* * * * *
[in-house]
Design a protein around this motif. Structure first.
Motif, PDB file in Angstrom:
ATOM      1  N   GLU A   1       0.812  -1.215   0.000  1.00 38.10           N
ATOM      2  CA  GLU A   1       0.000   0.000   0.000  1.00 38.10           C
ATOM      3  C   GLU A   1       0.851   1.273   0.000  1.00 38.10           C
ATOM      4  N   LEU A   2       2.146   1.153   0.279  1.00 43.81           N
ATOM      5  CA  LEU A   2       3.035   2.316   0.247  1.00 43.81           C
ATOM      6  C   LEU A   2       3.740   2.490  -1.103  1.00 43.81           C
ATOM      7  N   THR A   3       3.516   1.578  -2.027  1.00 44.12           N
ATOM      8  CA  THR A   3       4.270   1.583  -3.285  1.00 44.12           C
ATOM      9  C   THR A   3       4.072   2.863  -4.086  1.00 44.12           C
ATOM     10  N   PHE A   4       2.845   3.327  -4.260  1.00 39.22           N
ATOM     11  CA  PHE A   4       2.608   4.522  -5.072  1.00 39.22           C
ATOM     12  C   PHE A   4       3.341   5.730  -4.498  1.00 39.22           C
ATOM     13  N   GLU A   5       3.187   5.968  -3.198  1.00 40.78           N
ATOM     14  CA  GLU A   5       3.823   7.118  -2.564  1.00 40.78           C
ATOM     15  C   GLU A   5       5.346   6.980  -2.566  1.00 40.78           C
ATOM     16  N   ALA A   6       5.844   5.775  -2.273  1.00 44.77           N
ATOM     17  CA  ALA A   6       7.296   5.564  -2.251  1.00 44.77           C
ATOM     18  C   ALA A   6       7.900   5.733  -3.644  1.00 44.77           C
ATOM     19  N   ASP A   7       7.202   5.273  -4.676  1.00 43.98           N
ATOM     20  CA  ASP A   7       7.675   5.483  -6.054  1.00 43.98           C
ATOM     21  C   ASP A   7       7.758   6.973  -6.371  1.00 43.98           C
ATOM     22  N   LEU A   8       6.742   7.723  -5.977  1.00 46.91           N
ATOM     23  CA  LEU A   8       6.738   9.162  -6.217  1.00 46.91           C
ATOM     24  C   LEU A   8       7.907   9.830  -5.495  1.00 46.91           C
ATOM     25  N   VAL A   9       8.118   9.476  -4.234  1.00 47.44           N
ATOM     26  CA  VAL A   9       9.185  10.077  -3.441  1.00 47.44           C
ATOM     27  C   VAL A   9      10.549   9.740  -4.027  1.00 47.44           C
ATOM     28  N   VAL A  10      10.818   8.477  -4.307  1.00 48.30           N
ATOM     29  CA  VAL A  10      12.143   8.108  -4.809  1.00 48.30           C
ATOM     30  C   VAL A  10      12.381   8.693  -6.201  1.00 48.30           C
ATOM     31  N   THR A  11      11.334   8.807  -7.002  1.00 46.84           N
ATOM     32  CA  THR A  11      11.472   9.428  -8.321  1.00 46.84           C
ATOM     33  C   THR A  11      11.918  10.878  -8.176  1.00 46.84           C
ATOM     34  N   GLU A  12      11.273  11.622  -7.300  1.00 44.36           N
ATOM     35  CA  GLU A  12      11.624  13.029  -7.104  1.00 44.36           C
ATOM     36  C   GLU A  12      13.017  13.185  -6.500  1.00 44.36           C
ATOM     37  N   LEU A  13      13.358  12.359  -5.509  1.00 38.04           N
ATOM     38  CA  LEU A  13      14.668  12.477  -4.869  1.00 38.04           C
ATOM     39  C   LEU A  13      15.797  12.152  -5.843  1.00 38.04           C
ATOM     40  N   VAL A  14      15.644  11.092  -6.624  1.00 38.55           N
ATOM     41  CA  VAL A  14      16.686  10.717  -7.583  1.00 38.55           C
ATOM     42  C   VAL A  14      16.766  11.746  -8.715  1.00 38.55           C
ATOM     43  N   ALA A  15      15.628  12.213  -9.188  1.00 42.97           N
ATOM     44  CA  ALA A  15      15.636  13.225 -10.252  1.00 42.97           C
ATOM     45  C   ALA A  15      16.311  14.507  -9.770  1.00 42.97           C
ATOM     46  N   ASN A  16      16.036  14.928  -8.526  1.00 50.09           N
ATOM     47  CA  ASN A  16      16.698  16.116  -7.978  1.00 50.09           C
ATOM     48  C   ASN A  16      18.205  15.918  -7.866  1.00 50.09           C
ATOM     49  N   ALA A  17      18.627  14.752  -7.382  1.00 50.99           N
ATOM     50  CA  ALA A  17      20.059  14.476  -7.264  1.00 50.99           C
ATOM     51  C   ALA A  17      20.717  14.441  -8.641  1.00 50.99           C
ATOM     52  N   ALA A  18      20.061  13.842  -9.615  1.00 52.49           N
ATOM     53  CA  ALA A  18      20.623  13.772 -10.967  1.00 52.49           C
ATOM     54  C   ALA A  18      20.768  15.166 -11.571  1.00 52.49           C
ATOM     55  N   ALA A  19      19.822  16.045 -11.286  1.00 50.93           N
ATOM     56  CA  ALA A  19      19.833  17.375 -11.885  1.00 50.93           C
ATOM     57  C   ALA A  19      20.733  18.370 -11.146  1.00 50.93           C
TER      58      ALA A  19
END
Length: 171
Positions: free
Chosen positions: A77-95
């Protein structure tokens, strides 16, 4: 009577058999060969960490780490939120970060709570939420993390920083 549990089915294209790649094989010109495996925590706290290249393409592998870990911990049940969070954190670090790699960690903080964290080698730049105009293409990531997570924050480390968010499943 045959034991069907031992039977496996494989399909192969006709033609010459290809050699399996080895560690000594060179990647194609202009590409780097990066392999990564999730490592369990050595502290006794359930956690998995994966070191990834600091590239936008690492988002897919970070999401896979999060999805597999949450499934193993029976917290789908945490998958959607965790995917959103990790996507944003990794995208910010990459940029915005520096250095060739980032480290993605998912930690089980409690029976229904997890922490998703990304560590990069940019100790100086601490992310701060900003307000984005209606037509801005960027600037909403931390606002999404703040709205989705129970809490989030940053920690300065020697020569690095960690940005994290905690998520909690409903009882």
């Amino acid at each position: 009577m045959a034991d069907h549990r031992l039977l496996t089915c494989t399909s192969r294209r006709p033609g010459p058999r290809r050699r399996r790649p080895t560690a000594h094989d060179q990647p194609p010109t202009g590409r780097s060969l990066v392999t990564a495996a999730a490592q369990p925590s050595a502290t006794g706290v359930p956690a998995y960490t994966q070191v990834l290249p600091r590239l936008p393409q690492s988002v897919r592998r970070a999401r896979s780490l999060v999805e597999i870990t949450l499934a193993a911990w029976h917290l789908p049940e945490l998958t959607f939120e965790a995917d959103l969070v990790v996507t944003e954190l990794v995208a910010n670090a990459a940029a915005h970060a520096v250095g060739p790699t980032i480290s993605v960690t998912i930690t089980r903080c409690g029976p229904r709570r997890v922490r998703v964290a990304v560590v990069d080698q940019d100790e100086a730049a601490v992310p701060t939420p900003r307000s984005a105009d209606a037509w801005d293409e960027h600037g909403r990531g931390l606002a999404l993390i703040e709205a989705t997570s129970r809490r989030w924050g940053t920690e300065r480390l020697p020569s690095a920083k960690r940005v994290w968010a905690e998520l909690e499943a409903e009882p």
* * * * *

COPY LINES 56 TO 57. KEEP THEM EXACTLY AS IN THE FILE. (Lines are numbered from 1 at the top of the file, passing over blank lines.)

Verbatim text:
ATOM     53  CA  ALA A  18      20.623  13.772 -10.967  1.00 52.49           C
ATOM     54  C   ALA A  18      20.768  15.166 -11.571  1.00 52.49           C